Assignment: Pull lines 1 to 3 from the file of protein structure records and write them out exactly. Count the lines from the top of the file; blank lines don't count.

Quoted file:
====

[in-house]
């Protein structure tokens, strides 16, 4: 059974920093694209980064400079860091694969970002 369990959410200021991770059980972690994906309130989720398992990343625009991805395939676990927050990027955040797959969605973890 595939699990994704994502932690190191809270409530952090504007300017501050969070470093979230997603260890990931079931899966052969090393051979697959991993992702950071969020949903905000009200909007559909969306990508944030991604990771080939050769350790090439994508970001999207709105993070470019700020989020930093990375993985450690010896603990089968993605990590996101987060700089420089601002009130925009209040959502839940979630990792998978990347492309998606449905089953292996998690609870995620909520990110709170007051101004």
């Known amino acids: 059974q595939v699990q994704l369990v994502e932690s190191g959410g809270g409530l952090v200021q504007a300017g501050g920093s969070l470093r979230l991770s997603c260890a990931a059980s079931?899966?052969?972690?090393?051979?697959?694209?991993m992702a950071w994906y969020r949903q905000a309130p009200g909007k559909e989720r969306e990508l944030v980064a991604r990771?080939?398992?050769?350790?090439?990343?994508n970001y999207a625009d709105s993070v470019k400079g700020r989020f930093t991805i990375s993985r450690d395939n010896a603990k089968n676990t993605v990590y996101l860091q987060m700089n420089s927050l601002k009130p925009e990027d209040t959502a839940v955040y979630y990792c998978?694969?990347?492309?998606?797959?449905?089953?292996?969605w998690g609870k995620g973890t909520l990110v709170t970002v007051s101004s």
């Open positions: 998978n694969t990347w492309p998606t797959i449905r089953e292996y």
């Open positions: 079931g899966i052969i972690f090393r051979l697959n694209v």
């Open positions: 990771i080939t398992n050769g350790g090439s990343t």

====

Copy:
[in-house]
């Protein structure tokens, strides 16, 4: 059974920093694209980064400079860091694969970002 369990959410200021991770059980972690994906309130989720398992990343625009991805395939676990927050990027955040797959969605973890 595939699990994704994502932690190191809270409530952090504007300017501050969070470093979230997603260890990931079931899966052969090393051979697959991993992702950071969020949903905000009200909007559909969306990508944030991604990771080939050769350790090439994508970001999207709105993070470019700020989020930093990375993985450690010896603990089968993605990590996101987060700089420089601002009130925009209040959502839940979630990792998978990347492309998606449905089953292996998690609870995620909520990110709170007051101004």
């Known amino acids: 059974q595939v699990q994704l369990v994502e932690s190191g959410g809270g409530l952090v200021q504007a300017g501050g920093s969070l470093r979230l991770s997603c260890a990931a059980s079931?899966?052969?972690?090393?051979?697959?694209?991993m992702a950071w994906y969020r949903q905000a309130p009200g909007k559909e989720r969306e990508l944030v980064a991604r990771?080939?398992?050769?350790?090439?990343?994508n970001y999207a625009d709105s993070v470019k400079g700020r989020f930093t991805i990375s993985r450690d395939n010896a603990k089968n676990t993605v990590y996101l860091q987060m700089n420089s927050l601002k009130p925009e990027d209040t959502a839940v955040y979630y990792c998978?694969?990347?492309?998606?797959?449905?089953?292996?969605w998690g609870k995620g973890t909520l990110v709170t970002v007051s101004s």